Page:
All: Amen.

Anointing the Mouth (on closed lips)

By this holy anointing and by His most tender mercy may the Lord forgive you all the evil you have done through the sense of taste and the power of speech.
All: Amen.

Anointing the Hands (on the palms)

By this holy anointing and by His most tender mercy may the Lord forgive you all the evil you have done through the sense of touch.
All: Amen.

10. Note as said above that priests are anointed on the back of the hands, not on the palms.

Anointing the Feet (either on the instep or sole)

By this holy anointing and by His most tender mercy may the Lord forgive you all the evil you have done through the ability to walk.
All: Amen.

11. The anointing of feet, as has been said, may be omitted for any good reason.

12. When the priest has finished the anointings he rubs his thumb with particles of bread, then washes his hands and wipes them with a towel. The water used for this purpose together with the bread is later thrown into the sacrarium, or for lack of such, into another decent receptacle. Afterward the priest says:

Lord, have mercy. Christ, have mercy. Lord, have mercy. Our Father (the rest inaudibly until:)
P: And lead us not into temptation. All: But deliver us from evil.
P: Save your servant.
All: Who trusts in you, my God.
P: Lord, send him (her) aid from your holy place.
All: And watch over him (her) from Sion.
P: Let him (her) find in you, Lord, a fortified tower.
All: In the face of the enemy.
P: Let the enemy have no power over him (her).
All: And the son of iniquity be powerless to harm him (her).
P: Lord, heed my prayer.
All: And let my cry be heard by you.
P: The Lord be with you.
All: May He also be with you.

Let us pray.

Lord God, who spoke through your apostle James, "Is anyone of you sick? He should call in the priests of the Church, and have them pray over him, while they anoint him with oil in the name of the Lord. That prayer, said with faith, will save the sick person, and the Lord will restore him to health. If he has committed sins, they will be forgiven him." We beg you, our Redeemer, to cure by the grace of the Holy Spirit this sick man's (woman's) infirmity. Heal his (her) wounds, and forgive his (her) sins. Rid him (her) of all pain of body and mind. Restore him (her), in your mercy, to full health of body and soul, so that having recovered by your goodness, he (she) may take up his (her) former duties. We ask this of you who live and reign with the Father and the Holy Spirit, God, forever and ever.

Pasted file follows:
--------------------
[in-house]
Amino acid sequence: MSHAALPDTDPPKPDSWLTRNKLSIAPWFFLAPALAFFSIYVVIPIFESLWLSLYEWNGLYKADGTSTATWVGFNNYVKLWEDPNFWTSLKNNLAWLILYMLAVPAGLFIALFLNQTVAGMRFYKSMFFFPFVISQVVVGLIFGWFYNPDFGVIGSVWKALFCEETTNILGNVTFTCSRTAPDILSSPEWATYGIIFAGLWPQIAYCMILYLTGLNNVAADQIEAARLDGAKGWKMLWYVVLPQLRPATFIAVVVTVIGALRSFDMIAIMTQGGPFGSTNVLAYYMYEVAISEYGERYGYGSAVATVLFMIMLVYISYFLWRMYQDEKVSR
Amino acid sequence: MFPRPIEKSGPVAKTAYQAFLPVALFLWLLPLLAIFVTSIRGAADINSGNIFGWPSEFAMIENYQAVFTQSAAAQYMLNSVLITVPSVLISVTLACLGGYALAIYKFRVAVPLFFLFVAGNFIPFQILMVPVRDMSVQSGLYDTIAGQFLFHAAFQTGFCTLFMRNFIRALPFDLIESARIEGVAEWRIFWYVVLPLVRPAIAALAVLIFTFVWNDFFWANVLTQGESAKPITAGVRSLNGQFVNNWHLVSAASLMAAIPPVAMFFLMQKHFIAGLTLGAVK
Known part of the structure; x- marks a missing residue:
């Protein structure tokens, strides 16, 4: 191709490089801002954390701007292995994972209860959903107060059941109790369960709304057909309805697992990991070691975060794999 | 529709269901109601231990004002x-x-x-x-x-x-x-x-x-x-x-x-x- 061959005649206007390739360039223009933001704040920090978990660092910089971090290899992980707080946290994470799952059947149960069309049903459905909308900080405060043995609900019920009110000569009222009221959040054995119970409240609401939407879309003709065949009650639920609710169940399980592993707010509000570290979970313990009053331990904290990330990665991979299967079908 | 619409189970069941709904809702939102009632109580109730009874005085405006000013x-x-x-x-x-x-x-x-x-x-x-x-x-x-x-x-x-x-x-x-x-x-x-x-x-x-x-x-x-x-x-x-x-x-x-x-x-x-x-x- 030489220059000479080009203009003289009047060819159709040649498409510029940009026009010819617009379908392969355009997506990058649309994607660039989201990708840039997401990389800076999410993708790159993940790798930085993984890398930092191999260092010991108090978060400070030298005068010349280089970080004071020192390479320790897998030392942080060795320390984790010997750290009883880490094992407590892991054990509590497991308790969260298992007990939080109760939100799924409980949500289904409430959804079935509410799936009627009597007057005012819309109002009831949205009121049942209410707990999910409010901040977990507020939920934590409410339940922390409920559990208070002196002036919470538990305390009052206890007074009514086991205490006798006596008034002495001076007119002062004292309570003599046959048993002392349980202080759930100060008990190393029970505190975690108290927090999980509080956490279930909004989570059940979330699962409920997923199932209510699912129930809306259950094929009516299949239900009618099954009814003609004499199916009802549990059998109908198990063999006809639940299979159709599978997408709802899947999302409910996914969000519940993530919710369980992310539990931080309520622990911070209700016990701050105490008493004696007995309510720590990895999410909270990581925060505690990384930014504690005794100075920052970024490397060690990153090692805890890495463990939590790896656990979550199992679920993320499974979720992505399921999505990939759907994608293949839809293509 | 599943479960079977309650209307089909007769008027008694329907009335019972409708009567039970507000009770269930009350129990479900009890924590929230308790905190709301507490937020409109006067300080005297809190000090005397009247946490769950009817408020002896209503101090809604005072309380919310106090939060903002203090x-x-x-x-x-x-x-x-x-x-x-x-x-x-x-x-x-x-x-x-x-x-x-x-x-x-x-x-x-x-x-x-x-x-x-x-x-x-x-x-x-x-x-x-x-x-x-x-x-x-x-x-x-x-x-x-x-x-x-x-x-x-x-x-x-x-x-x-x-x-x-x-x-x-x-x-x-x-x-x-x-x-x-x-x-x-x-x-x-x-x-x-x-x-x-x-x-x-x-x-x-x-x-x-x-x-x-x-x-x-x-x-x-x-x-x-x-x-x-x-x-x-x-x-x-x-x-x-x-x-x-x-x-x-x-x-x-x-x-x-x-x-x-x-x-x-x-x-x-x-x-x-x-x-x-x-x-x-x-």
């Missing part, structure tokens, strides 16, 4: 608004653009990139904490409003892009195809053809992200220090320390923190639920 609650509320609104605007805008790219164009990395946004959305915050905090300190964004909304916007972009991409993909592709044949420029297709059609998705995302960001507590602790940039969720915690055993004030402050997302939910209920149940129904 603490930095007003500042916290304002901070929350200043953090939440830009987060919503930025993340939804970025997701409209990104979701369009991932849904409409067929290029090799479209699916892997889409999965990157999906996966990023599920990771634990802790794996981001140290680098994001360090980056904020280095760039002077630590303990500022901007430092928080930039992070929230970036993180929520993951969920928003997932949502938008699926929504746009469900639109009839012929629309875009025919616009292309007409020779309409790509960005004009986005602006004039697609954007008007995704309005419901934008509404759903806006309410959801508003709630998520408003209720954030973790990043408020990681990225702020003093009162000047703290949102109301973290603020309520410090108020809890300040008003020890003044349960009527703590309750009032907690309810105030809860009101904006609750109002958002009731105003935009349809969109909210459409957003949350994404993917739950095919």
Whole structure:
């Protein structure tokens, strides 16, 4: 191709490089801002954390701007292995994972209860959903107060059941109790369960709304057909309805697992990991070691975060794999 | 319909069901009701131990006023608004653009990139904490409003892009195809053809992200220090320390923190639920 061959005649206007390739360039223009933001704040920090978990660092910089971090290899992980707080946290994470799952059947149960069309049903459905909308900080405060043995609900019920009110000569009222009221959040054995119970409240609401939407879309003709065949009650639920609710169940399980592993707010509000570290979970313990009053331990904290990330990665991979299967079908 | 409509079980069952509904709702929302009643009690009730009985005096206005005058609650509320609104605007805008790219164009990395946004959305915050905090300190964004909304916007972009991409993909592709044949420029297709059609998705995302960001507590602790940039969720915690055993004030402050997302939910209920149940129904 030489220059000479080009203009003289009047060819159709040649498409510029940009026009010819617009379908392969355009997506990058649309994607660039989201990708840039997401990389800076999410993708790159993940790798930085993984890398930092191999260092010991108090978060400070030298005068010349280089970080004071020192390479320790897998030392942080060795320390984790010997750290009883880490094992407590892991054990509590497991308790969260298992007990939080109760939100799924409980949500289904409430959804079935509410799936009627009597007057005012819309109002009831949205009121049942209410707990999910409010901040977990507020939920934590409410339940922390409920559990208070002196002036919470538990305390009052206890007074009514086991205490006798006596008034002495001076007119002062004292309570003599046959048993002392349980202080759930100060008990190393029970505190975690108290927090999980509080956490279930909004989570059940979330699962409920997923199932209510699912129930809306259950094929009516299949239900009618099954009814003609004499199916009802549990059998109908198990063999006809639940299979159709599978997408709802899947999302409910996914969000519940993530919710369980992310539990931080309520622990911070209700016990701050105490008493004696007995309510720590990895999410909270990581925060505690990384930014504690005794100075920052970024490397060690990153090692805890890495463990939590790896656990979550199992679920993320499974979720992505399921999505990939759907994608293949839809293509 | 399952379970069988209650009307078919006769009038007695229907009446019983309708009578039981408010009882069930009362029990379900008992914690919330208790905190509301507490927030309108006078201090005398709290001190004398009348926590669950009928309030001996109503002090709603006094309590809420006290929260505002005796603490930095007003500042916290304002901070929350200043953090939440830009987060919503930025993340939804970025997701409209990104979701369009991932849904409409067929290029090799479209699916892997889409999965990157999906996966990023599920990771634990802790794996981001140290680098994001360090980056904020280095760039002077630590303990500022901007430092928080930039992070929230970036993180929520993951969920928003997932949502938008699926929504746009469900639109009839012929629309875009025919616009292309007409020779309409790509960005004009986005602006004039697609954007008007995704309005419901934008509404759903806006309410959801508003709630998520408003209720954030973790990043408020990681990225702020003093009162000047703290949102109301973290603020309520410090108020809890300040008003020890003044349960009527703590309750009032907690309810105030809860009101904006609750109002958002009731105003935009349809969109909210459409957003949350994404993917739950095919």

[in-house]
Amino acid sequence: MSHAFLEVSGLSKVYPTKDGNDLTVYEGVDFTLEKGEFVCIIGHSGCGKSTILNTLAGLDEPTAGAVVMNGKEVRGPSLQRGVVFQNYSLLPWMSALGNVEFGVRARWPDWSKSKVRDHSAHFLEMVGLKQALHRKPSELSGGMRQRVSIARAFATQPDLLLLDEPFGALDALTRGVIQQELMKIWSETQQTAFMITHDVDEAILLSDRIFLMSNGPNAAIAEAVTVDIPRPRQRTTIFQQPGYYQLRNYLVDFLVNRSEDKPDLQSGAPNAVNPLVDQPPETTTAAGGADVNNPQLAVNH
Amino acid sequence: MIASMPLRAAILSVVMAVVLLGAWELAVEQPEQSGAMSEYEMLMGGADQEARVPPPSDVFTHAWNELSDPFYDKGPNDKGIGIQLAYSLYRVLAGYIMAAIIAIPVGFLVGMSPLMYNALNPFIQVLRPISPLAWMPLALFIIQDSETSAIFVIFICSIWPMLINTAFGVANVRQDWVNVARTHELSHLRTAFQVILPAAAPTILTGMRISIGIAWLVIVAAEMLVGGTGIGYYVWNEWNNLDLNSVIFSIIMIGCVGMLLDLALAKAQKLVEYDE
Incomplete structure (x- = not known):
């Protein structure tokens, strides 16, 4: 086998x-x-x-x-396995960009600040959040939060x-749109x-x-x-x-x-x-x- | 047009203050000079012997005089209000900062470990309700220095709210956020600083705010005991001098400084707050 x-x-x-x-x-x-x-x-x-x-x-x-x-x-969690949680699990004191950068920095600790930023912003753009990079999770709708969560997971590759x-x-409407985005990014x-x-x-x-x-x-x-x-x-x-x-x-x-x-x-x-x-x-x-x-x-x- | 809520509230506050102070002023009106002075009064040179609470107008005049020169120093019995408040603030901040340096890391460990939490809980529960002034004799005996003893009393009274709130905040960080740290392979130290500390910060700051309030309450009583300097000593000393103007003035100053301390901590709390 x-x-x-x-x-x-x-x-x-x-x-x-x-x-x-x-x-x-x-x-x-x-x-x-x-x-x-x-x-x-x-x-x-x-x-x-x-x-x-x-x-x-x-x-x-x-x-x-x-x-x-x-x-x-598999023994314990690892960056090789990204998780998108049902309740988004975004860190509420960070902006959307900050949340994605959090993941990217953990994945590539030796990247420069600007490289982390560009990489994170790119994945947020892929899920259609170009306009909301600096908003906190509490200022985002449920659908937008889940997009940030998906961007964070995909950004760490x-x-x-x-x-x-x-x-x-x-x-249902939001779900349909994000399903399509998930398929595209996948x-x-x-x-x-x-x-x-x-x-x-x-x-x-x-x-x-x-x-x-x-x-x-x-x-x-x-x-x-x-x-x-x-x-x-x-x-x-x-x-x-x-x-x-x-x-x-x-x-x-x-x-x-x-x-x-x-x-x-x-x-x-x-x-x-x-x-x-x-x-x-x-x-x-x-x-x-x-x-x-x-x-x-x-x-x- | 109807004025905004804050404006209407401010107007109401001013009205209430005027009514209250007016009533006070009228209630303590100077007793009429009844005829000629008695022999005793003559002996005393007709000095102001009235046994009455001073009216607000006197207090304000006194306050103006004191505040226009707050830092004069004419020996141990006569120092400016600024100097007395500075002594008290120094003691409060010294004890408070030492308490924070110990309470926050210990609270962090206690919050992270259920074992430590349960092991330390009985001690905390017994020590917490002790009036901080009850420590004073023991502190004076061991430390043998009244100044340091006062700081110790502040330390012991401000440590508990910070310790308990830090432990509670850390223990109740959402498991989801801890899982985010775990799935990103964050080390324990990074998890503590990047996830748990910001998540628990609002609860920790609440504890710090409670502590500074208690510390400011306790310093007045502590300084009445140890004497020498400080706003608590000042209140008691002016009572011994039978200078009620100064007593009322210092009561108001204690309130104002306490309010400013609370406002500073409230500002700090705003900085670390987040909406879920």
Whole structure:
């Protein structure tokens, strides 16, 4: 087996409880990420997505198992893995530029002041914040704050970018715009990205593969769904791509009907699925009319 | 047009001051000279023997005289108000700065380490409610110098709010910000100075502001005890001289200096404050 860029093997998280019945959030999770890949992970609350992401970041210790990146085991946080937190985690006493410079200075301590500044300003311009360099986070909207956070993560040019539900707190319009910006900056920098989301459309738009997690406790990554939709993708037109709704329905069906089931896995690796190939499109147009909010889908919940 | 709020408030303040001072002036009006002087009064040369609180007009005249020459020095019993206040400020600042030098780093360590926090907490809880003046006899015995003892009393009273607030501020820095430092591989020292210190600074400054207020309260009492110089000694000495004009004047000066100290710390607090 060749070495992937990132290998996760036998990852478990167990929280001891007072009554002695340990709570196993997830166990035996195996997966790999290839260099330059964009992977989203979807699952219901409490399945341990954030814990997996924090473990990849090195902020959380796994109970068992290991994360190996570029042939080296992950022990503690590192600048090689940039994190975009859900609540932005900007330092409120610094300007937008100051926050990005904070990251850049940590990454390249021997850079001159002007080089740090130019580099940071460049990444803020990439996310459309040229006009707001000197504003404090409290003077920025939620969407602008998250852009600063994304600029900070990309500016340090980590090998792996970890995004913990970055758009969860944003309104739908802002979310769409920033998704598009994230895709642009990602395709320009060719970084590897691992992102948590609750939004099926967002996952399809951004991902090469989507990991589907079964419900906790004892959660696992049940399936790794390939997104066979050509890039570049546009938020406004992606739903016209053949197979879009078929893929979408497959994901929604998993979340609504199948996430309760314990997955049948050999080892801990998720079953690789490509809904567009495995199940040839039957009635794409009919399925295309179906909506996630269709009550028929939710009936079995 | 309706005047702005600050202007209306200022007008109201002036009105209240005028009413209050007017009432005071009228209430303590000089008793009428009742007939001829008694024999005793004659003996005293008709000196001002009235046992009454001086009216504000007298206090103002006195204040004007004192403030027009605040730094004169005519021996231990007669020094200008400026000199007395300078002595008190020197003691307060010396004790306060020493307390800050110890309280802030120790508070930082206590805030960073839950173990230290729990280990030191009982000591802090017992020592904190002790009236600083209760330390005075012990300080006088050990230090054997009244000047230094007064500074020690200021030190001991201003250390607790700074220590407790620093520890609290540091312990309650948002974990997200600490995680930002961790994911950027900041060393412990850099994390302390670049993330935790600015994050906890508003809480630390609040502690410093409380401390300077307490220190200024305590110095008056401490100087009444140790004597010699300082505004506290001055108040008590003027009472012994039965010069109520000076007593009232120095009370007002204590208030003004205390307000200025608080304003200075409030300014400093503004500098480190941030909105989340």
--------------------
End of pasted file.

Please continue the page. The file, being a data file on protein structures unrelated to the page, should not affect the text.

All: Amen.

Let us pray.

We entreat you, Lord, to look with favor on your servant, N., who is weak and failing, and refresh the life you have created. Chastened by suffering, may he (she) know that he (she) has been saved by your healing; through Christ our Lord.

All: Amen.

Let us pray.

Holy Lord, almighty Father, everlasting God, in pouring out the grace of your blessing on the bodies of the sick, you show your loving care for your creatures. And so now as we call on your holy name, come and free your servant from his (her) illness and restore him (her) to health; reach out your hand and raise him (her) up; strengthen him (her) by your might; protect him (her) by your power; and give him (her) back in all desired well-being to your holy Church; through Christ our Lord.

All: Amen.

13. Lastly, if the patient's condition allows, the priest may add a few well-chosen words, inspiring him to resist the temptations of the devil, and if death comes to expire peacefully in the Lord.

14. He should leave some holy water for the use of the sick person and also a crucifix, unless he has one, so that he may often gaze on it and devoutly kiss it and embrace it.

15. He should likewise instruct the family or the nurse to notify the pastor immediately if the sick person gets worse or approaches the last agony, so that the priest may be present to assist the dying and commend his soul to God. But if death is imminent the priest should say the prayers for the commendation of a departing soul before he leaves the house.

16. All that pertains to the care and visitation of the sick, the prayers for the dying, the commendation of a departing soul, and the burial rites are found below in their proper place.

For the above in Latin, please see Sancta Missa